These vehicles are marketed as 7 and 8 seaters yes. But they are not really 7 or 8 seaters where normal sized human beings can sit in comfort for sure. You can disagree all you like but this doesn't alter the above facts.
Even in the US, not all 7 seaters get 6-7 airbags but they are not deemed unsafe and still sold.

If the 7 seaters are unsafe due to the rear most seats then even hatch backs should be equally unsafe?

Worldwide MPV's are available in 7 seater and are the size of Innova and Fortuner or even smaller.

Volvo, one of the most safest brands is selling the new XC90 in 7 seater config. There are no separate airbags for the third row except for the side airbags. Is that unsafe as well?

I have sat in the back seat of an Innova for 400kms and did not find it claustrophobic or uncomfortable. Infact I was sitting on one side with 2 full size suitcases behind me. I agree the XUV doesn't have the space but the Lodgy, Innova have ample space for luggage with all 3 rows up.
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Old 2nd August 2015, 22:40   #1460
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I was following a Creta this morning and noticed that the license plate chrome strip reflection is a big distraction, wonder how was it approved by the auditors?
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Old 3rd August 2015, 00:01   #1461
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Default re: Preview: Hyundai Creta

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Originally Posted by Vid6639 View Post
The Creta might be able to handle it but Hyundai hasn't specified any water wading capabilities something which Ford did and other so called SUV's do as well. So we don't really know.

And, a comparison with a Bolero which is meant for rural non existing roads along with a bare minimum 800 which is probably not having even fuel injection and thus no electronics like ECU is hardly an example to be giving.

Waterlogged roads upto what depth? The Yeti is only rated by Skoda for wading depth of 300mm which is lesser than the Ecosport. The reason is because the air intake in the Skoda is lower down. I would be careful next time.



Actually speaking ground clearance is the lowest point in the under body. So the 180mm might be between the wheels which will be more than enough unless you take it off road over a rocky trail. For urban roads, the clearance between the front and rear wheels and the front overhang is the one that is more important.

The 190mm in the Creta looks to be sufficient with not very large overhangs.



Even in the US, not all 7 seaters get 6-7 airbags but they are not deemed unsafe and still sold.

If the 7 seaters are unsafe due to the rear most seats then even hatch backs should be equally unsafe?

Worldwide MPV's are available in 7 seater and are the size of Innova and Fortuner or even smaller.

Volvo, one of the most safest brands is selling the new XC90 in 7 seater config. There are no separate airbags for the third row except for the side airbags. Is that unsafe as well?

I have sat in the back seat of an Innova for 400kms and did not find it claustrophobic or uncomfortable. Infact I was sitting on one side with 2 full size suitcases behind me. I agree the XUV doesn't have the space but the Lodgy, Innova have ample space for luggage with all 3 rows up.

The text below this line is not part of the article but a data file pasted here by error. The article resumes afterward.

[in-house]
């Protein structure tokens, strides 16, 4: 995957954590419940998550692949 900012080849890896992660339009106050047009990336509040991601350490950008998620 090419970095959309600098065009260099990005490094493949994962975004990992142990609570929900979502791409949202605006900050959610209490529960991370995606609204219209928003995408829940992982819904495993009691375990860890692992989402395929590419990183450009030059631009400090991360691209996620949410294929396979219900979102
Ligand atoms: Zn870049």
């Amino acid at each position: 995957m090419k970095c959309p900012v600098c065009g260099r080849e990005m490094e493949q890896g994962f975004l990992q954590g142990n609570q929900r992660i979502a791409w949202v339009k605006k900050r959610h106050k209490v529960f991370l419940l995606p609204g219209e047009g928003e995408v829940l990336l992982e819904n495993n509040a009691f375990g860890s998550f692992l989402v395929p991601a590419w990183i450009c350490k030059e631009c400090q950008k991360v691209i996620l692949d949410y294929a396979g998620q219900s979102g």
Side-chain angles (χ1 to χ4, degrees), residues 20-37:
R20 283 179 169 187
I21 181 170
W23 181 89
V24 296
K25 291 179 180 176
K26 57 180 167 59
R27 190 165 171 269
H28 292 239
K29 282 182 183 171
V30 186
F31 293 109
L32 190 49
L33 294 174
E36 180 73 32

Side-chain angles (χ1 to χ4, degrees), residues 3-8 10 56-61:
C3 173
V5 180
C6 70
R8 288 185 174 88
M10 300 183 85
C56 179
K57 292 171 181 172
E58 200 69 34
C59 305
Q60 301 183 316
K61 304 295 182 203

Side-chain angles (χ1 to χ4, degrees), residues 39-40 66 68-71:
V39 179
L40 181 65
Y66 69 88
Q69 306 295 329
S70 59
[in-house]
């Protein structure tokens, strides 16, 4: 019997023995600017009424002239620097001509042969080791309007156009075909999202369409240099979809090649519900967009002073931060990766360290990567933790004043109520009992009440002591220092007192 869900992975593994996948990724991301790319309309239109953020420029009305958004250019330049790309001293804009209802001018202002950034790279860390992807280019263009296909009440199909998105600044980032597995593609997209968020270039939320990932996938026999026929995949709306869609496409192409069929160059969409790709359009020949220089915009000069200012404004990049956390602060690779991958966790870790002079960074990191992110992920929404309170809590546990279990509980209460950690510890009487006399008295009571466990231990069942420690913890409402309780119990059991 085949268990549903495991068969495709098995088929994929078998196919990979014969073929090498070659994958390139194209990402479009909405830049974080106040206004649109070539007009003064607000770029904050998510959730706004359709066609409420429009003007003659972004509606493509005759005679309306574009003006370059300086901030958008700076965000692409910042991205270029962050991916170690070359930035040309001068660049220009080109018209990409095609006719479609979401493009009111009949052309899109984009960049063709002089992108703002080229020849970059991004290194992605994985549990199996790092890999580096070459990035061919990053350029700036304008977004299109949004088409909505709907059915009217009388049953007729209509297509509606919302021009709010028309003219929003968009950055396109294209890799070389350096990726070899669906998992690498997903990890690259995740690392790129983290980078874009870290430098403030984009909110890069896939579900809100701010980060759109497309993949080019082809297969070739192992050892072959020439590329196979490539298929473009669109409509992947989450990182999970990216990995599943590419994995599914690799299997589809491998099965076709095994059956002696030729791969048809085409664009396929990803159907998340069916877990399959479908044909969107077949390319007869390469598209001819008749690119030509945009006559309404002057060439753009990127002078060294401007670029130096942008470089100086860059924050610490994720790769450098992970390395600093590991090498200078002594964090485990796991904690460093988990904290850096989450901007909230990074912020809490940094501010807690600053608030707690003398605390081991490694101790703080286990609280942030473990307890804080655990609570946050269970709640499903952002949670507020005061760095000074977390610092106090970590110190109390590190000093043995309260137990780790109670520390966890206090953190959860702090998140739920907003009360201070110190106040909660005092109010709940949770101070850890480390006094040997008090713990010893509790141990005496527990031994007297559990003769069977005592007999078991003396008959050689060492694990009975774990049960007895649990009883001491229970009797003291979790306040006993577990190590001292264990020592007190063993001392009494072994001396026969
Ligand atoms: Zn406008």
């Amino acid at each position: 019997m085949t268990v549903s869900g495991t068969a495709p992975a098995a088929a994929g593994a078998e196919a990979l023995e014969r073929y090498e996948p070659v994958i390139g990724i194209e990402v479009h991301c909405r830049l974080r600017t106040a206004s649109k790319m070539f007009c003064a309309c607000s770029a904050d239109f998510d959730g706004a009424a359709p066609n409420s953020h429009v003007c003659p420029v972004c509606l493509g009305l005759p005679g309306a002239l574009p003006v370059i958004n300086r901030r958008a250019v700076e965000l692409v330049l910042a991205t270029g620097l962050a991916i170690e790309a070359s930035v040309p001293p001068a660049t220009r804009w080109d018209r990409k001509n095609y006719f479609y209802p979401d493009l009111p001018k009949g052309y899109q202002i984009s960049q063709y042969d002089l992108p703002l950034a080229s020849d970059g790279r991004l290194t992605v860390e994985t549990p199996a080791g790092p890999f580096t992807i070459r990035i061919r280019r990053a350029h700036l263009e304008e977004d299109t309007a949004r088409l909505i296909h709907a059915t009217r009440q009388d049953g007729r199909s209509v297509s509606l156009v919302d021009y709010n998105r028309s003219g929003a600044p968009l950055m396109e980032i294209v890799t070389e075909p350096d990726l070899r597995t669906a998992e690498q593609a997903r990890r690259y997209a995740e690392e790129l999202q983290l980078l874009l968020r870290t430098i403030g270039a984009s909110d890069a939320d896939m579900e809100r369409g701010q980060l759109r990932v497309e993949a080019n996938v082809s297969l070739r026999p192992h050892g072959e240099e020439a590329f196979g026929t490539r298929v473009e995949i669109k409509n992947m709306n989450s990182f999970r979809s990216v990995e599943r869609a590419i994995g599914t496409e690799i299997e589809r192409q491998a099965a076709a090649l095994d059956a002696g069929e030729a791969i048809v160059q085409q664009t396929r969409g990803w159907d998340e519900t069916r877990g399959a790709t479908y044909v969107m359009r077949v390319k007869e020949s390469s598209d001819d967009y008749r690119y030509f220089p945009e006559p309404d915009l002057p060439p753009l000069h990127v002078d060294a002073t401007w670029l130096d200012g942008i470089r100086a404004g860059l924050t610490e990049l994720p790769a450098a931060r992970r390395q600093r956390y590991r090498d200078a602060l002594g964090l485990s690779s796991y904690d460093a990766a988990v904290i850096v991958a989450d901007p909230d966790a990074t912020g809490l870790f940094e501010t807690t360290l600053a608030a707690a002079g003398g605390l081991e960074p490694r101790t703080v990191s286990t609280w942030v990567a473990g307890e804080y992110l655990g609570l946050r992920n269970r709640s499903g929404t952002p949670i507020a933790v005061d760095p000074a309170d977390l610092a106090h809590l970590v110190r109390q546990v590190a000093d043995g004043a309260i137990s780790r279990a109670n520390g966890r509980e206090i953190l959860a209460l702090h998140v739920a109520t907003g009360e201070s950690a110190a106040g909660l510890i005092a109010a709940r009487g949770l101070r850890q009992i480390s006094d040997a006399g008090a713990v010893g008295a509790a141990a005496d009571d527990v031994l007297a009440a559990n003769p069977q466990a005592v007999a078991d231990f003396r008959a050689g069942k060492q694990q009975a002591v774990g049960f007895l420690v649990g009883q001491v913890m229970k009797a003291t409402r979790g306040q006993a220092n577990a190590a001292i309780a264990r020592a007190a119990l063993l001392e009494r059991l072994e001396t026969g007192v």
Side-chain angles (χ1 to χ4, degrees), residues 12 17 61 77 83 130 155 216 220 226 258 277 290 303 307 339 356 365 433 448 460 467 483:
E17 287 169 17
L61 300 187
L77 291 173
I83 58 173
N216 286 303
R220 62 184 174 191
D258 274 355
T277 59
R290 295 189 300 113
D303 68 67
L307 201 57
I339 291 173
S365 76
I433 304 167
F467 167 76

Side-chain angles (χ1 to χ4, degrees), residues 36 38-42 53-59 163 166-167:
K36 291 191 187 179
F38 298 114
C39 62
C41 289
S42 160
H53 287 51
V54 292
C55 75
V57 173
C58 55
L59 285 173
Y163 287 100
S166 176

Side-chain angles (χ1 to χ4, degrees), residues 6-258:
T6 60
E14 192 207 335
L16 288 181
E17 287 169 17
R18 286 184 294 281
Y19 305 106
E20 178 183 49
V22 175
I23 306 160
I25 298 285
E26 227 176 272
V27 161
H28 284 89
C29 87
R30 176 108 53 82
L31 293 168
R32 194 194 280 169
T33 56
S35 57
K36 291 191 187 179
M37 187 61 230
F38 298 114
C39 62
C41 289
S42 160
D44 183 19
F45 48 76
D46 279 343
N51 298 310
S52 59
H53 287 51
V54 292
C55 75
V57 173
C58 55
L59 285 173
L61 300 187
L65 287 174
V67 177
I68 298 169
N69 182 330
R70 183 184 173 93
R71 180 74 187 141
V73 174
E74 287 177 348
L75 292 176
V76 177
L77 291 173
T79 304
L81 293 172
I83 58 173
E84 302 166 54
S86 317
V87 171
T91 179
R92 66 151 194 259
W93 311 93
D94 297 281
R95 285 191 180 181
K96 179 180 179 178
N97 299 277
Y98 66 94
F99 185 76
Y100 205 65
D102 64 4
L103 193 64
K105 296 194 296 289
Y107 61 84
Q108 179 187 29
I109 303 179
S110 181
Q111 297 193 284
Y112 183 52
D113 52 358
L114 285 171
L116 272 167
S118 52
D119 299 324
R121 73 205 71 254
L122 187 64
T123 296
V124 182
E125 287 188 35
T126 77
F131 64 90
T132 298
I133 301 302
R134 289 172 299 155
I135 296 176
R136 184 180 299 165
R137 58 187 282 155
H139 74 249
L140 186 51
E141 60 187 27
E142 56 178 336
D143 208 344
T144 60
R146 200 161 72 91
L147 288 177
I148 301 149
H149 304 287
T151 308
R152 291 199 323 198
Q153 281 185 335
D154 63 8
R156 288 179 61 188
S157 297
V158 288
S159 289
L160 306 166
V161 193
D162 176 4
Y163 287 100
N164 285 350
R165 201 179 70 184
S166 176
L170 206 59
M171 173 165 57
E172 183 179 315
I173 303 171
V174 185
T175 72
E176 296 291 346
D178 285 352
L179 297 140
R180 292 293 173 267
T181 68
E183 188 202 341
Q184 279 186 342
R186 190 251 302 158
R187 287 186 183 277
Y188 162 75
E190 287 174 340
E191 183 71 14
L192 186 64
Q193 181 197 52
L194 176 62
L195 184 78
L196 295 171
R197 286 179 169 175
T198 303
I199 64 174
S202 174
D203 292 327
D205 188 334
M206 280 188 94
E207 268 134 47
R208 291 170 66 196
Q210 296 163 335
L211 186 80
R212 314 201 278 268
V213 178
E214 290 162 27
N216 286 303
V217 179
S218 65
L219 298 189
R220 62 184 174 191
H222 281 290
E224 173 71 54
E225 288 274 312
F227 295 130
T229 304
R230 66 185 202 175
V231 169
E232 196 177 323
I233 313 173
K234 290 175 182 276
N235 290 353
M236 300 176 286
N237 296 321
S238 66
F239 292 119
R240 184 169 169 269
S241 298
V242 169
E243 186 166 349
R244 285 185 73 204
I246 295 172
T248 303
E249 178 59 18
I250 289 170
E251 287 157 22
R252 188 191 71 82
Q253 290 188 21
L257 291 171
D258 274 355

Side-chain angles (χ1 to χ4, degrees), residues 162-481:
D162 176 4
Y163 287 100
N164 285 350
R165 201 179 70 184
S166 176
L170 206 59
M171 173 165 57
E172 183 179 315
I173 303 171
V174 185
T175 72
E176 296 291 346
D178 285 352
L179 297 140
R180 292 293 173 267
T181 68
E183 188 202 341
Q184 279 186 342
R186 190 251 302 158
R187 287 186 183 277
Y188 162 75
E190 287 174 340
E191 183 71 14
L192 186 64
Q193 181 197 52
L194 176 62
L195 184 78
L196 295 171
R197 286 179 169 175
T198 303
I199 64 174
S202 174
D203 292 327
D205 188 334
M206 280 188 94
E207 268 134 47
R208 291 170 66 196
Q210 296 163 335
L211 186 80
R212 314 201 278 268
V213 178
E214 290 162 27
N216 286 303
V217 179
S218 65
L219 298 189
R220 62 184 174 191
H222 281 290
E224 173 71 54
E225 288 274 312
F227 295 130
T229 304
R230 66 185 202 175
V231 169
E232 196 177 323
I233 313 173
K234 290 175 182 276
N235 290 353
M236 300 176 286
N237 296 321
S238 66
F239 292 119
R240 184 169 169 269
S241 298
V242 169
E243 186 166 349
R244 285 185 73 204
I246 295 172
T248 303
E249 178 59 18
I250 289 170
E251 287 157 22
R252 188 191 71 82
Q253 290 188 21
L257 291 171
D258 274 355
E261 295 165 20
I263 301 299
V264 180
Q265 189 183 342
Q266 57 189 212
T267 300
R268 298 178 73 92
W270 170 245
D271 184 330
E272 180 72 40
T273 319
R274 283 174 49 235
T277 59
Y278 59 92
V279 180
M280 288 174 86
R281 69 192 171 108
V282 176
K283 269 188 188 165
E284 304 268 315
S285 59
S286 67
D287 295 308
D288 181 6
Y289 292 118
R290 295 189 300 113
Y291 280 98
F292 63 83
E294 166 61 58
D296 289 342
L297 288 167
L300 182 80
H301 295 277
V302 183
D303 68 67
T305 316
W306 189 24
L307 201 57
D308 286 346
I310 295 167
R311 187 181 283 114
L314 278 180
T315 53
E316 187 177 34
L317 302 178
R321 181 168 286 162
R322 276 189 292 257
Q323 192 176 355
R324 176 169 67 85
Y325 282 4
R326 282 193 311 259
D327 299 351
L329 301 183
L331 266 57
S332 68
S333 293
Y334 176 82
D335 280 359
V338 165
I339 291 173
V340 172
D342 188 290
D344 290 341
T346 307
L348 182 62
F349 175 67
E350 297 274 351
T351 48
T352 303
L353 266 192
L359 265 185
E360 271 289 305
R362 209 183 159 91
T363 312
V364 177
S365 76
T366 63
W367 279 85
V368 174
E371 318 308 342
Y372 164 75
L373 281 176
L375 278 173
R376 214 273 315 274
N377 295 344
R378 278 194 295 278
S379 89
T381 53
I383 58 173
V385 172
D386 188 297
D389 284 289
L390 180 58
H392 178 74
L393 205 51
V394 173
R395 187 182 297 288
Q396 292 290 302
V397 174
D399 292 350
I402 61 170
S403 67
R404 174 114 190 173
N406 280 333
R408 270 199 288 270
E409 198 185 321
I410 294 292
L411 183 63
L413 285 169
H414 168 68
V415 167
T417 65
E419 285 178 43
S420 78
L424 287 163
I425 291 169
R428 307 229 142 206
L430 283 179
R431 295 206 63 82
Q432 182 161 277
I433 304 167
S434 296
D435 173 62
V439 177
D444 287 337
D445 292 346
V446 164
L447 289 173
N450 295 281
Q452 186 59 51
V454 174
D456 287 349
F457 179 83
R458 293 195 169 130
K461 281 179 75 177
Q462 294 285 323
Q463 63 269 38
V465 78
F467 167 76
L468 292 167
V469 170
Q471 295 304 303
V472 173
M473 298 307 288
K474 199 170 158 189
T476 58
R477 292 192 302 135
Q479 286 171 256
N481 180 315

There are some things on which you and I will never agree so lets just leave it at that. You're an expert I guess.

I think I also have a lot of experience with motor vehicles over several years.

I am making the comparisons as above based on real life experiences as well as my overall build and size so it would be nice if I could be allowed to have my opinion and make statements that I deem fit.

The old Fiat used to get into deep trouble in deep water on account of the Distributor being low. The 800 had its Distributor on top and hence could handle a lot of issues with water wading even though one would not normally want to take such a vehicle water wading.
The Bolero managed things pretty well but yes, its lack of electronics was an advantage.
The Yeti manages Bangalore waterlogged roads quite well but I would not try for example to wade through a stream or river in it while I would happily do the same in a properly equipped Mahindra Thar or similar.

Saying this, it is not every day that one is called upon to wade through water of such depth. Even if one were faced with such a circumstance, one would try for an alternate route irrespective of what car one drives. That would be the sensible way.

In ref to vehicle safety and relative discomfort, I still maintain that these 7-8 seaters are not really 7-8 seaters because they are both claustrophobic as well as dangerous in case of an accident.

I am sad that the manufacturers don't give us Indians many options when it comes to safety and continually try and pass off these vehicles as 7 to 8 seaters.

On the other hand, I have experienced the Dodge Durango, the Chevy Suburban and the GMC Yukon in the States - all these actually have solid comfortable third row seating, unlike the vehicles sold here.

Saying that, none of these vehicles above named, would be easy to use and drive in Indian conditions given our crowded roads.

But enough of this off topic stuff.

The Creta is a good package overall and Indian consumers are voting happily with their wallets because it meets their overall needs. I rest my case.
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Old 3rd August 2015, 00:17   #1462